PhD Studentship: Chlorhexidine baths and emergence of multidrug resistant staphylococci in intensive care units
University of Aberdeen - School of Medicine, Medical Sciences & Nutrition
|Funding for:||UK Students, EU Students|
|Funding amount:||Not specified|
|Placed on:||14th November 2016|
|Closes:||5th December 2016|
Supervisors: Dr K Hijazi, Dr IM Gould, Dr C Marwick
Antimicrobial resistance is a major health problem worldwide. While antimicrobial resistance cannot be eradicated, UK institutions have committed to a multi-disciplinary strategy that will limit the risk of antimicrobial resistance and minimise its impact for health. This proposal sits squarely with this commitment by bringing together clinicians and scientists with different but synergistic expertise to investigate the effect of current infection control practices in intensive care units on the selection pressures for antimicrobial resistance.
Intensive use of chlorhexidine in hospitals has been implicated in selection of multidrug resistant bacteria responsible for hospital-acquired infections. For example, the supervisory team of this project have shown that the majority of Staphylococcus epidermidis strains from bloodstream infections in an intensive therapy unit carried genes for resistance to chlorhexidine and belonged to a single multidrug resistant clone. They have also shown that these genes were co-present on a plasmid carrying genes for resistance to other antiseptics and antibiotics.
These findings along with a wealth of other evidence underpin a debate around use of targeted versus universal decolonisation approaches to reduce infections in intensive care settings. They have raised concerns in relation to
-Selection of multidrug resistant strains by chlorhexidine.
-Horizontal transfer of multidrug resistance genes (to both biocides and antibiotics) between different species.
To further address these concerns this proposal aims to investigate Staphylococcus isolates collected from Intensive Therapy Units in Aberdeen and Edinburgh between 2014 and 2019. The specific objectives of the project will be as follows:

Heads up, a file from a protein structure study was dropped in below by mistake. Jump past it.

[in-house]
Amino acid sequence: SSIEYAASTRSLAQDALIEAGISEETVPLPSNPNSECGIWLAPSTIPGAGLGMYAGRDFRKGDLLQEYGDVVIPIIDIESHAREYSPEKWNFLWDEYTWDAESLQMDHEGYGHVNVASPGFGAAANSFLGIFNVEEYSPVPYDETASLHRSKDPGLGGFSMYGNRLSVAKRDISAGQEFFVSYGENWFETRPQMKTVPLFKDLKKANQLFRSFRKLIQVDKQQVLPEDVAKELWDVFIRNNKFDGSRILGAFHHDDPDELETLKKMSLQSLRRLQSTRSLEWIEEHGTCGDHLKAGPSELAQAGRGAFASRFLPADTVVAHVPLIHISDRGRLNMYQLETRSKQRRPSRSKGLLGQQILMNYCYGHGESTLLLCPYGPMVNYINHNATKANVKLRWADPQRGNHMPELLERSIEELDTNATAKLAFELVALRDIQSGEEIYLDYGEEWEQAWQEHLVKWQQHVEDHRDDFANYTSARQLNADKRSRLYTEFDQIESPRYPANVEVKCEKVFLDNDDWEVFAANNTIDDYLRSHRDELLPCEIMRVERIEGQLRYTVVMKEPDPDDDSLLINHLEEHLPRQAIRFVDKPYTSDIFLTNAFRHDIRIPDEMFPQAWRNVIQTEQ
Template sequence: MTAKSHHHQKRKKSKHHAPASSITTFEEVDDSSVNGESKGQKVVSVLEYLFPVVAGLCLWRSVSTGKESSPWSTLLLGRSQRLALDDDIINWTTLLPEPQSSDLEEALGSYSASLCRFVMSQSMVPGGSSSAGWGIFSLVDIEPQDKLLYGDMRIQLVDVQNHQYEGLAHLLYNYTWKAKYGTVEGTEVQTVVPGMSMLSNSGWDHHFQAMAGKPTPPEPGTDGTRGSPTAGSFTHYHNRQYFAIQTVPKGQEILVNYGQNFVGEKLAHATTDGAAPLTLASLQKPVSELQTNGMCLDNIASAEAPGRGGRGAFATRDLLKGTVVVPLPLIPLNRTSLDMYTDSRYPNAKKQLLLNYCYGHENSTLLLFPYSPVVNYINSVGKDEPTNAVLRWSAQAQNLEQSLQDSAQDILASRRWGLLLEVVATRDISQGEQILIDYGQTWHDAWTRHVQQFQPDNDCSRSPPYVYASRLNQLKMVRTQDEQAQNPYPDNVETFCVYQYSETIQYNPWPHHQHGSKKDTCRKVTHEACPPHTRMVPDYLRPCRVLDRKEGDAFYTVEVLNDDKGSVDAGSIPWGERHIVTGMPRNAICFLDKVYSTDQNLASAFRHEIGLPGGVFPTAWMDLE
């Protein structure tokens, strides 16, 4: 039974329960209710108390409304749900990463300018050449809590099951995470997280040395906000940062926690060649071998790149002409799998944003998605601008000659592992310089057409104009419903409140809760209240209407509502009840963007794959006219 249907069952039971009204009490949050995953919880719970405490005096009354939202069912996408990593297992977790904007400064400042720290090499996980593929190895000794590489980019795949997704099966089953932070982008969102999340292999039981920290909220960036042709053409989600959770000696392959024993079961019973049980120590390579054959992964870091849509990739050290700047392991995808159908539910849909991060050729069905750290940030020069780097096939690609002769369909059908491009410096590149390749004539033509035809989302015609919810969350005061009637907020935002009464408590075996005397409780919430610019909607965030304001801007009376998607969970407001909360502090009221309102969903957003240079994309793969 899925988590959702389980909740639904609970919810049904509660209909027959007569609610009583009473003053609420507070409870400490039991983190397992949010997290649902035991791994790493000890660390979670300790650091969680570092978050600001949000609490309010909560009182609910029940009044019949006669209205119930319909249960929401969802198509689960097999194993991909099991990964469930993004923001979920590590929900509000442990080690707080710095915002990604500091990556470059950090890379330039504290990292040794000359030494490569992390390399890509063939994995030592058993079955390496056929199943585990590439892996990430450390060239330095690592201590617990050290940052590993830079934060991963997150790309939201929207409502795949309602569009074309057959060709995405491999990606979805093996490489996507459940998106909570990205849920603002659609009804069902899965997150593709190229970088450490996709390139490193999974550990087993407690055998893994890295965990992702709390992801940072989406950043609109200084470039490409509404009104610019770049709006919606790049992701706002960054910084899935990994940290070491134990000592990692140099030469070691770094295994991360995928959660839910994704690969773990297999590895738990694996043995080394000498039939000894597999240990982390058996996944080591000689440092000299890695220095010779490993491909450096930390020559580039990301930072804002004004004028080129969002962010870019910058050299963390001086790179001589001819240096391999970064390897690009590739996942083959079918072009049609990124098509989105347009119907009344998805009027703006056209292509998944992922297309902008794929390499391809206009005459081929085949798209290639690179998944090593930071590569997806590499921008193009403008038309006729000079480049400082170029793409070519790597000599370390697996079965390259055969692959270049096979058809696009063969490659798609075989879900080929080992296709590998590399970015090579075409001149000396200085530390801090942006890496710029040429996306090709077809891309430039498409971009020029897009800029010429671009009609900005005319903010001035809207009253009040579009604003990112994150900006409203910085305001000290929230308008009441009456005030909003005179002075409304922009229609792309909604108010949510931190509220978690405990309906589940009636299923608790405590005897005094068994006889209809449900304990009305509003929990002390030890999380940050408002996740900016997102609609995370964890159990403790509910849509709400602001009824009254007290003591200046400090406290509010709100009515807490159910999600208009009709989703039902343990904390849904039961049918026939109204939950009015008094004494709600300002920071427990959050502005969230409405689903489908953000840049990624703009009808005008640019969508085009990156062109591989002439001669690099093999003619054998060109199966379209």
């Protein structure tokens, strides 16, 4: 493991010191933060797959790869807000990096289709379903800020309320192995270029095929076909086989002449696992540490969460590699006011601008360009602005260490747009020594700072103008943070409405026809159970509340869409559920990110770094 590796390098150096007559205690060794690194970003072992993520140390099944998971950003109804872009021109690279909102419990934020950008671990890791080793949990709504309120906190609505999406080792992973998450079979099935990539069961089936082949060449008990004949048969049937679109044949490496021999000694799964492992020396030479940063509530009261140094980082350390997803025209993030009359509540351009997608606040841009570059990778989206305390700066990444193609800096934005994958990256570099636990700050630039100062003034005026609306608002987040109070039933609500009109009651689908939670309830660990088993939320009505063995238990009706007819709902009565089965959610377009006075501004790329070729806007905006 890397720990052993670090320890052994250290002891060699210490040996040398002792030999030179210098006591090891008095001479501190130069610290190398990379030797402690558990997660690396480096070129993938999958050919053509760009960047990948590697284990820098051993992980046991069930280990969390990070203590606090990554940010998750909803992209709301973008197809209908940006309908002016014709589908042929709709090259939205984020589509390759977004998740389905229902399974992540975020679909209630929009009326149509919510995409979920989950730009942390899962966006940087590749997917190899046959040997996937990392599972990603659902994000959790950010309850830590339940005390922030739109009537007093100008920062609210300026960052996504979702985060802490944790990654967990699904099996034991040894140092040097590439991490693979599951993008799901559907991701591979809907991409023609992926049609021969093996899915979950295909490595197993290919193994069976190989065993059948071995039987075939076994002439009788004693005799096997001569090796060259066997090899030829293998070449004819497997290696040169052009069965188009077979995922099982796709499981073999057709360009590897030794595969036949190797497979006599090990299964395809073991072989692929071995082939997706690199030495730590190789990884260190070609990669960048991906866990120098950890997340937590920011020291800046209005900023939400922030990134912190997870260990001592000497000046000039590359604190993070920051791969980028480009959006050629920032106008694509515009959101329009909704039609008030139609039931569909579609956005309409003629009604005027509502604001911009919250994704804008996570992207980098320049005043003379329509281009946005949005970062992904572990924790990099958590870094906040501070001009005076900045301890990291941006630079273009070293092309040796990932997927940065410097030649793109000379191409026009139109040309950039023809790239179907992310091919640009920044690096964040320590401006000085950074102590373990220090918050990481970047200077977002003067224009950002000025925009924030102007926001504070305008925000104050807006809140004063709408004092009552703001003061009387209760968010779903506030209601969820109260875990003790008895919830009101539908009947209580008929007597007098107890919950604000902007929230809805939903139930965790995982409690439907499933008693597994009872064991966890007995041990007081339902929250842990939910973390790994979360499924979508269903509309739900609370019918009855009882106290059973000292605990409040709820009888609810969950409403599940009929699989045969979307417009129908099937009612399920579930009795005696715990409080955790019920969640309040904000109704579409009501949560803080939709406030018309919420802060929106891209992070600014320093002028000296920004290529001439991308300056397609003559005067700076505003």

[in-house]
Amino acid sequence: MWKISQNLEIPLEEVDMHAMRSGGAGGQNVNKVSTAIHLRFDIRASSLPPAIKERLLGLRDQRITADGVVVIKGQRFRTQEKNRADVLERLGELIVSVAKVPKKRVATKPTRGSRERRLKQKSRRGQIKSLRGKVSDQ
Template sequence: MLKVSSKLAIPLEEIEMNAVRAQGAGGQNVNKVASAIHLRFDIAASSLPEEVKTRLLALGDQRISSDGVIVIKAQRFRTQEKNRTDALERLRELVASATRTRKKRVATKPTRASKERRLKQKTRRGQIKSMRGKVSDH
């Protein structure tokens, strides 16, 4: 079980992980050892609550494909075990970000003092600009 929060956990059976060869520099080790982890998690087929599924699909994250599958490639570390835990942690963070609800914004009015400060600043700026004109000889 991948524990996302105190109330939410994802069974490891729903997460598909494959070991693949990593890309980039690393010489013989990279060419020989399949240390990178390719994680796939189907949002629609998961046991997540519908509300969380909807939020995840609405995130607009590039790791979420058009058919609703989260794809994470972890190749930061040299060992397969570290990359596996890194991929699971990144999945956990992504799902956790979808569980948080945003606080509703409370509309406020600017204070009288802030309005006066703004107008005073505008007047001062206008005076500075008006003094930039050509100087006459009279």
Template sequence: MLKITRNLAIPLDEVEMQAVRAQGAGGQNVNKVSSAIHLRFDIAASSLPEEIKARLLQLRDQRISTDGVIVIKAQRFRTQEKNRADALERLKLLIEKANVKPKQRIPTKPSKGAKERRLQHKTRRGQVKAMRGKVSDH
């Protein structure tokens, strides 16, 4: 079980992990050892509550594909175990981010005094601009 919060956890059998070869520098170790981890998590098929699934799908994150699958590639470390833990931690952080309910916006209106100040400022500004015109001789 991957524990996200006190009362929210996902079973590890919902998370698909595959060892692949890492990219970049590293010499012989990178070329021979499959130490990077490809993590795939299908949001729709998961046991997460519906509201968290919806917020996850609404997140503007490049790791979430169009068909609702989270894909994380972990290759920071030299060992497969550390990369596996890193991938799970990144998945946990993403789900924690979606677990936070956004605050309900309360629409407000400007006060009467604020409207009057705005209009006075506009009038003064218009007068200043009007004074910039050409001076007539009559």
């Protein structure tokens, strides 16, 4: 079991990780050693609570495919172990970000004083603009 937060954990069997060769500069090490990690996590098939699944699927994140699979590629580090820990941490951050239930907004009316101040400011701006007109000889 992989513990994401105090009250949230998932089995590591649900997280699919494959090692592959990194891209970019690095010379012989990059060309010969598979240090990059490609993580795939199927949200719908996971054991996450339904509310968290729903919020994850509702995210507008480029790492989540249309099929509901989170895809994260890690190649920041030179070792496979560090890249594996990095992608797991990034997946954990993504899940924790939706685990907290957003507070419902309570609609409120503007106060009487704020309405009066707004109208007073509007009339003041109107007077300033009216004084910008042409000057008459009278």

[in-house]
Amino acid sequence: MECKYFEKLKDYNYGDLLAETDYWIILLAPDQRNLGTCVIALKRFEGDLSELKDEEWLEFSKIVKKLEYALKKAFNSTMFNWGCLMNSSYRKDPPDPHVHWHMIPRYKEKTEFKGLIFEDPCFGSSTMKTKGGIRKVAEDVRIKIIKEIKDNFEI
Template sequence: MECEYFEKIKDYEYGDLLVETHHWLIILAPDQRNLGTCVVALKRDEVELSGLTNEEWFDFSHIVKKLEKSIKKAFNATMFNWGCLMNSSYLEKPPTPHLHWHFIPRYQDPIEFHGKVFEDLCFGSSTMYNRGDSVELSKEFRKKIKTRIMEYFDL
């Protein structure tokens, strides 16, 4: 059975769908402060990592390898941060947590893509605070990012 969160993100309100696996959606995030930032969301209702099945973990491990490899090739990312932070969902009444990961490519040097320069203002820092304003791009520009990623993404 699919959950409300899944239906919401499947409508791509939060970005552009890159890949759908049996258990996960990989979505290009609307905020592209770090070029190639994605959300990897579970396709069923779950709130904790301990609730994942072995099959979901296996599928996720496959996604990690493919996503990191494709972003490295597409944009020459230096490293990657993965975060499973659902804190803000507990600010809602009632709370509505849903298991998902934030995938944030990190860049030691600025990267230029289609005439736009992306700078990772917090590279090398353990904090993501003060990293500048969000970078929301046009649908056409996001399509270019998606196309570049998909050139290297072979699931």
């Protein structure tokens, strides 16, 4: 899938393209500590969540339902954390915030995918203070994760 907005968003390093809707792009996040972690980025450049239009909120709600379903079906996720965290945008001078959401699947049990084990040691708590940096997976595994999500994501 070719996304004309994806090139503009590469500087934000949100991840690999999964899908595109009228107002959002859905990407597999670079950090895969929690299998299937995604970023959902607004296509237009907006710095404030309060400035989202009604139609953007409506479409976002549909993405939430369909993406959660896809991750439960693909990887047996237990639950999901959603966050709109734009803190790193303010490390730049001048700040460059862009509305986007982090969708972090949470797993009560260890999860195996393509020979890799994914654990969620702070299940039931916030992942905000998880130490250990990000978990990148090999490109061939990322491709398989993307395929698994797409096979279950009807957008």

-To analyse the genotypic and phenotypic resistance profiles to antibiotics and biocides.
-To conduct a comprehensive epidemiological analysis of multidrug resistant strains by whole genome sequencing and statistical modelling.
-To characterise the mobile genetic elements carrying genes for biocide and antibiotic resistance.
-To assess inter-species horizontal transmission of the multidrug resistance plasmids.
Impact – Findings of objectives 1-2 will provide a significant contribution to the continued development of infection control strategies in the context of considering safety and effectiveness of targeted versus universal decolonisation approaches in intensive care units. Findings of objectives 3-4 will make a major contribution to characterisation of bacterial mobile genetic elements which content is highly variable compared to the core bacterial chromosome (and thus largely unknown) and which remain one of the main vehicles for progressive increase of antimicrobial resistance.
The supervisory team combines international authorities in epidemiology of infectious diseases, bacterial genetics and the study of the impact of infection control and antibiotic stewardship on emergence of antimicrobial resistance. Supervisors have a track record of successful collaborative work2. The candidate will work regularly with Edinburgh and Dundee for expanded access to bacterial strains but also for input into epidemiological and statistical study design, significance of results and implication of findings in the clinical context.
Breadth of training - The project will provide training in a range of transferable skills and experience that can be taken forward into several career paths..
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